How Premenstrual Dysphoria Disorder (PMDD) Is Diagnosed

In This Article

Premenstrual dysphoric disorder (PMDD) is a mood disorder that affects 3 to 8 percent of women in the second half of their menstrual cycle. It presents as severe mood changes occurring seven to 14 days before the start of your period and resolves shortly after your period arrives.

Though similar to premenstrual syndrome (PMS) that many women experience, women with PMDD can have extreme symptoms that impact personal and professional relationships and can lead to thoughts of suicide.

There are no blood tests or imaging tests that are helpful to diagnose PMDD. The diagnosis is made based solely on your symptoms.

According to the diagnostic criteria for PMDD as outlined in the American Psychiatric Association's Diagnostic and Statistical Manual of Mental Disorders (DSM):

  • You must have five or more severe symptoms that occur during the time between ovulation and your period. 
  • These symptoms must go away during your period and not return for at least another couple of weeks when your next luteal phase starts.
  • These symptoms must also interfere with your work or school, your relationships with family, friends, and/or coworkers and your usual social activities.

You have to have at least one of the following symptoms to have the diagnosis of PMDD:

  • very labile moods like mood swings, increased sensitivity to rejection, and/or sudden sadness or tearfulness
  • marked irritability or anger
  • depressed mood
  • marked anxiety and tension

In addition, you may also have any one or more of the following symptoms to make a total of five or more symptoms: 

  • decreased interest in your usual activities
  • difficulty concentrating
  • lack of energy
  • overeating or food cravings
  • changes in your sleep habits
  • feeling overwhelmed or out of control
  • physical symptoms like breast tenderness or swelling, joint pain or muscle aches, feeling bloated, and or weight gain

At-Home Testing

If you suspect you have PMDD, you can take an online screening assessment through the International Association for Premenstrual Disorders website iapmd.org.

This self-screen goes over various symptoms that occur following ovulation during the luteal phase of your cycle, which is typically seven to 14 days prior to your period. It is not intended to diagnose the condition or replace the care of a medical practitioner but rather serves as an indicator for further investigation.

Labs and Tests

Since PMDD is a mood disorder, it cannot be diagnosed through blood tests or imaging. However, your doctor may order blood tests to rule out other potential causes, such as altered hormone levels or thyroid problems.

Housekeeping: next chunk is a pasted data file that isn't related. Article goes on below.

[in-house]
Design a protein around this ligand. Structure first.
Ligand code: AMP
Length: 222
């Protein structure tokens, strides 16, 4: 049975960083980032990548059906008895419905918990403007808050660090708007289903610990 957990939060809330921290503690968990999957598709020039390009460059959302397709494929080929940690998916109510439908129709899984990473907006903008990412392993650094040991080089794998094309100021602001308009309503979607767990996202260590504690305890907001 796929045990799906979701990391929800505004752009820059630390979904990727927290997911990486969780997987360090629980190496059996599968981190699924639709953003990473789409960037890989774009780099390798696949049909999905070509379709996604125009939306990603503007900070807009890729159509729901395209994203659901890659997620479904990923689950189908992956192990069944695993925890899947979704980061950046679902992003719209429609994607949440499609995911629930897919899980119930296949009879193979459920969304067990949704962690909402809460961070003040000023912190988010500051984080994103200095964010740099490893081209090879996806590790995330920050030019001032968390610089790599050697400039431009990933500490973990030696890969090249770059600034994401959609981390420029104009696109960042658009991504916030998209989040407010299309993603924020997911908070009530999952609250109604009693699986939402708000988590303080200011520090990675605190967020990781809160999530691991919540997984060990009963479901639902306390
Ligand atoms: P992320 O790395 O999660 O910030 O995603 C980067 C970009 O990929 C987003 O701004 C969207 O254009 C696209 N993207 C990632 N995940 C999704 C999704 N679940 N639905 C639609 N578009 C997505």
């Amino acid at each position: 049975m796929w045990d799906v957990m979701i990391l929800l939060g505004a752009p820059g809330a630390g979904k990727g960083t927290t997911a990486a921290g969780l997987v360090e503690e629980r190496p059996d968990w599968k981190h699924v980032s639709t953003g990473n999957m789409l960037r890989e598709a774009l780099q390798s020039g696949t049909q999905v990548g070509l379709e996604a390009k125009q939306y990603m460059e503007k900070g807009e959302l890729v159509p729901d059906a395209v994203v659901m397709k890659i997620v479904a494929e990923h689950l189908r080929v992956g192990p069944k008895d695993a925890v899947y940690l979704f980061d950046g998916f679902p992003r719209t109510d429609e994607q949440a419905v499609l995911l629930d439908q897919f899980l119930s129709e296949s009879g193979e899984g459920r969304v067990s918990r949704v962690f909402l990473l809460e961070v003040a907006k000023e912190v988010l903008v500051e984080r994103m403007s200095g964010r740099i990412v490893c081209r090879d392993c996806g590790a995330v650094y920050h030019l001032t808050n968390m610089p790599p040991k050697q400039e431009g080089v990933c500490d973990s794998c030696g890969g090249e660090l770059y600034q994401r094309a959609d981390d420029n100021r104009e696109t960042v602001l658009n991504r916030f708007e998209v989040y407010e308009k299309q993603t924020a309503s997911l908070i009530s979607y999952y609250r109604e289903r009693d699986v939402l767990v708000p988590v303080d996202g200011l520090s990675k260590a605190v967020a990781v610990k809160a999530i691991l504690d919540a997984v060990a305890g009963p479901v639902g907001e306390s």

Preparing For Your Appointment

PMDD is diagnosed based on symptoms, so it is important to track your symptoms for two months prior to your appointment.

 You can use a blank calendar, notebook, or journal to keep a paper record of your symptoms, or use an online symptom tracker or app. Keep a detailed account of how you are feeling emotionally and physically every day for two complete menstrual cycles starting with the first day of your period.

The timing of your symptoms is necessary to differentiate between PMDD or a premenstrual exacerbation of an underlying condition such as bipolar disorder. An accurate symptom log will allow your doctor to make the correct diagnosis of PMDD.

While the exact cause of PMDD is unknown, normal cyclic changes in the menstrual cycle can trigger changes in your neurotransmitters or brain chemicals. These changes result in the symptoms of PMDD. Once you have been properly diagnosed with PMDD you can work with your doctor to determine what treatment options are best for you.

A Word From Verywell

Getting the proper diagnosis of PMDD is the first step to feeling better. Because the condition can be isolating and can create big disruptions in your personal relationships it is a good idea to connect with other women who have PMDD. The National Association for Premenstrual Dysphoria Disorder provides many resources to help women connect and learn more about the condition and treatment options. Making healthy lifestyle changes, gettingproper treatment, and support will help you to live well with PMDD.

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Article Sources

  • Feingold KR, Anawalt B, Boyce A, et al., editors. Endotext [Internet]. South Dartmouth (MA): MDText.com, Inc.; 2000-. Table 1, Diagnostic Criteria for Premenstrual Dysphoric Disorder (PMDD). https://www.ncbi.nlm.nih.gov/books/NBK279045/table/premenstrual-syndrom.table1diag/

  • Hantsoo L, Epperson C. Premenstrual Dysphoria Disorder: Epidemiology and Treatment. Current Psychiatry Reports. 2015;17(11)86-94